Scottish Country Dancing Dictionary

The Rock And The Wee Pickle Tow

Scottish Country Dance Instruction


1- 8 1s cross RH, cast 1 place, ½ turn LH and lead (LH) up to top, staying in middle facing down
9-16 1s+2s circle 4H round and back
17-24 1s lead down the middle and back
25-32 1s+2s dance Poussette. 2 1

(MINICRIB, Dance Crib compiled by Charles Upton, Deeside Caledonian Society, and his successors)

Keith Rose's Crib Diagrams

Dance Instruction Videos

The Rock And The Wee Pickle Tow - YouTube Scottish Country Dancing Instruction Video

Dance Information

The Rock and The Wee Pickle Tow is a song by Alexander Ross (1699-1784) which Robert Burns (editor and contributor) included in the second Volume of "The Scots Musical Museum", a collection of Scottish songs.

The melody is believed be very old, having been first published by John Playford in his "Musick's Hand-Maid" as A Scotish March (1663), then later in his "Musick's Recreation" (1669) as "Montrose's March". It appears as A Rock and a wi Pickle Tow in Mitchell's "Highland Fair" (1731) and as Rock and a wi Pickle Tow in publisher James Oswald's "Curious Collection of Scots Tunes" The melody was also used in other tunes (e.g. Pretender's March, and Carawith Jig).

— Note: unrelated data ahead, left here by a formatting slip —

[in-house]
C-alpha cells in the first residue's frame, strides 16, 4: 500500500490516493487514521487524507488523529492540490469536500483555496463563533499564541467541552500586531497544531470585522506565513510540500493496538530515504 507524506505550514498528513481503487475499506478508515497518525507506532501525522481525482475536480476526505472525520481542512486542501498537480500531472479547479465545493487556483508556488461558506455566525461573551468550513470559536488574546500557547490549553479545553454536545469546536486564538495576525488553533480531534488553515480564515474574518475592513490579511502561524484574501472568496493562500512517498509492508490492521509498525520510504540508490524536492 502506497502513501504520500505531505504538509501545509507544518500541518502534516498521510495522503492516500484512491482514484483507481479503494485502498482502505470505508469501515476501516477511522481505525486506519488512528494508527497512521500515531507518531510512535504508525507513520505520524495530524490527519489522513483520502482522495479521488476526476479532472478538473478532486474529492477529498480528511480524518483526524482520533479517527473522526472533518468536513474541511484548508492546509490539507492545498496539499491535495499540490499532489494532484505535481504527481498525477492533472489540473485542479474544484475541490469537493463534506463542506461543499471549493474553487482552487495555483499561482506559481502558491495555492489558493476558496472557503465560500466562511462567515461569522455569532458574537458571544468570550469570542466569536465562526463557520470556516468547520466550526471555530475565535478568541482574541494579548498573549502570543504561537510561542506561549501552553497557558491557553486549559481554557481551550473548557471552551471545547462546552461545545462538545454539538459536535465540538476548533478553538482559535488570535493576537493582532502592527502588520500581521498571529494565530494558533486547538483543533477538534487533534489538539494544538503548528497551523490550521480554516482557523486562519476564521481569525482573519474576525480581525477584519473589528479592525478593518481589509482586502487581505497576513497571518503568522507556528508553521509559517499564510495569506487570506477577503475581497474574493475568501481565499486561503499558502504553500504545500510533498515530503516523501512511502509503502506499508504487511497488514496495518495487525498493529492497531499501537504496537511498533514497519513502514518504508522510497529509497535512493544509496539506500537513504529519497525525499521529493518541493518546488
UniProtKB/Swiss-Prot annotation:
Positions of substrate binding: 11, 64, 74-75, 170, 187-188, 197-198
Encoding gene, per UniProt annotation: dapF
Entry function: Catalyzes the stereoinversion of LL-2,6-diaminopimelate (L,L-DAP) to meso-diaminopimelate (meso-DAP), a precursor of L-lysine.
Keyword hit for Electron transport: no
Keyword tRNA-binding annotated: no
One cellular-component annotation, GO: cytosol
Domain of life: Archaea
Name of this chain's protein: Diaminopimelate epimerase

The song describes a woman drop spinning, her frustrating problems with it and the inevitable loss of her temper.

Rock is a distaff or spindle for spinning.
Pickle refers to a small quantity of something, a little.
Tow is a small tuft, lock or bundle of fibre such as wool or flax, prepared for spinning by scutching.

The first verse of Ross' song is:

'There was an auld wife had a wee pickle tow,
And she wad gae try the spinning o't,
But looten her down, her rock took a low,
And that was an ill beginning o't.
She spat on't she slet on't and tramp't on its pate
but a' she could do it wad hae its ain gate,
At last she sat down on't and bitterly grat,
For e'er having try'd the spinning o't.'
('Grat' means wept)

Rock and The Wee Pickle Tow Image

Image Copyright Holbein [Public domain], via Wikimedia Commons.

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